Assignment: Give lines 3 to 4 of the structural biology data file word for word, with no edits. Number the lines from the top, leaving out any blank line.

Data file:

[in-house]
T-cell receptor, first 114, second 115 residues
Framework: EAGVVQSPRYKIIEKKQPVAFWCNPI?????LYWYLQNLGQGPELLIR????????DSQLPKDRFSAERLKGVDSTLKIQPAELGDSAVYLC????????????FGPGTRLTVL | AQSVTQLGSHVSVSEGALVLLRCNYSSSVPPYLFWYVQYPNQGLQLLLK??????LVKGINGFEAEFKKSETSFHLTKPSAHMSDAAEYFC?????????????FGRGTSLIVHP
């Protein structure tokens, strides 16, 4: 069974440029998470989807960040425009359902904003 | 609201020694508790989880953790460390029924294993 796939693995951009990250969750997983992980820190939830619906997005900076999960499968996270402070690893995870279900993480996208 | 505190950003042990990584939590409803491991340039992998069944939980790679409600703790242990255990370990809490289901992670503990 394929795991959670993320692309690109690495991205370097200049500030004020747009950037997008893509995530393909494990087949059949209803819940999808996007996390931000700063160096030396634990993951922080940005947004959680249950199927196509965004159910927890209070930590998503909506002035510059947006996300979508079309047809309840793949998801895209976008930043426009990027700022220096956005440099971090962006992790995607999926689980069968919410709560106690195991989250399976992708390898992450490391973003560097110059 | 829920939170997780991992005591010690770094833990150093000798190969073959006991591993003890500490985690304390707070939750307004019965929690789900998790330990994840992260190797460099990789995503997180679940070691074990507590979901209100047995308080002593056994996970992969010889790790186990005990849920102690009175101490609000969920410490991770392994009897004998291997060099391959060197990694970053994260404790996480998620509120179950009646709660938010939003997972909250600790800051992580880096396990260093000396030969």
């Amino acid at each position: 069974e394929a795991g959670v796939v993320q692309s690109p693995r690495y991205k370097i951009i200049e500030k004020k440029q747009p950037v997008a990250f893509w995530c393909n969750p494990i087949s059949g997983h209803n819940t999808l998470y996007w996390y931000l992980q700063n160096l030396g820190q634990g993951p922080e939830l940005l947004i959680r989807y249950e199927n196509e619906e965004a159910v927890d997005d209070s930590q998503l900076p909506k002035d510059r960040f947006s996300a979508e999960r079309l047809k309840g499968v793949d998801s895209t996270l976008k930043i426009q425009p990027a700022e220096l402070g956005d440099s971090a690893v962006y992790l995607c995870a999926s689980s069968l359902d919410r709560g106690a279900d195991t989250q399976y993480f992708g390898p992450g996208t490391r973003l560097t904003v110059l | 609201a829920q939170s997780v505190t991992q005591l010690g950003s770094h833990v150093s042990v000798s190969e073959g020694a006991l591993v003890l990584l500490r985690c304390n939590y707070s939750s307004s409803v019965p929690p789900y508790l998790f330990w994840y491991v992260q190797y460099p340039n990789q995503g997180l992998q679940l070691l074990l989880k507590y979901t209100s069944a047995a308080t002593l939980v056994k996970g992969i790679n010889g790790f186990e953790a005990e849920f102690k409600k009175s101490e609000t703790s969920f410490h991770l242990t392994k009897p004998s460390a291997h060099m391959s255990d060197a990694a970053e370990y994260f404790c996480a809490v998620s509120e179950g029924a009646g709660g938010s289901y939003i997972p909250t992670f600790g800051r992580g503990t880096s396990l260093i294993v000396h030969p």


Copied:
Framework: EAGVVQSPRYKIIEKKQPVAFWCNPI?????LYWYLQNLGQGPELLIR????????DSQLPKDRFSAERLKGVDSTLKIQPAELGDSAVYLC????????????FGPGTRLTVL | AQSVTQLGSHVSVSEGALVLLRCNYSSSVPPYLFWYVQYPNQGLQLLLK??????LVKGINGFEAEFKKSETSFHLTKPSAHMSDAAEYFC?????????????FGRGTSLIVHP
């Protein structure tokens, strides 16, 4: 069974440029998470989807960040425009359902904003 | 609201020694508790989880953790460390029924294993 796939693995951009990250969750997983992980820190939830619906997005900076999960499968996270402070690893995870279900993480996208 | 505190950003042990990584939590409803491991340039992998069944939980790679409600703790242990255990370990809490289901992670503990 394929795991959670993320692309690109690495991205370097200049500030004020747009950037997008893509995530393909494990087949059949209803819940999808996007996390931000700063160096030396634990993951922080940005947004959680249950199927196509965004159910927890209070930590998503909506002035510059947006996300979508079309047809309840793949998801895209976008930043426009990027700022220096956005440099971090962006992790995607999926689980069968919410709560106690195991989250399976992708390898992450490391973003560097110059 | 829920939170997780991992005591010690770094833990150093000798190969073959006991591993003890500490985690304390707070939750307004019965929690789900998790330990994840992260190797460099990789995503997180679940070691074990507590979901209100047995308080002593056994996970992969010889790790186990005990849920102690009175101490609000969920410490991770392994009897004998291997060099391959060197990694970053994260404790996480998620509120179950009646709660938010939003997972909250600790800051992580880096396990260093000396030969």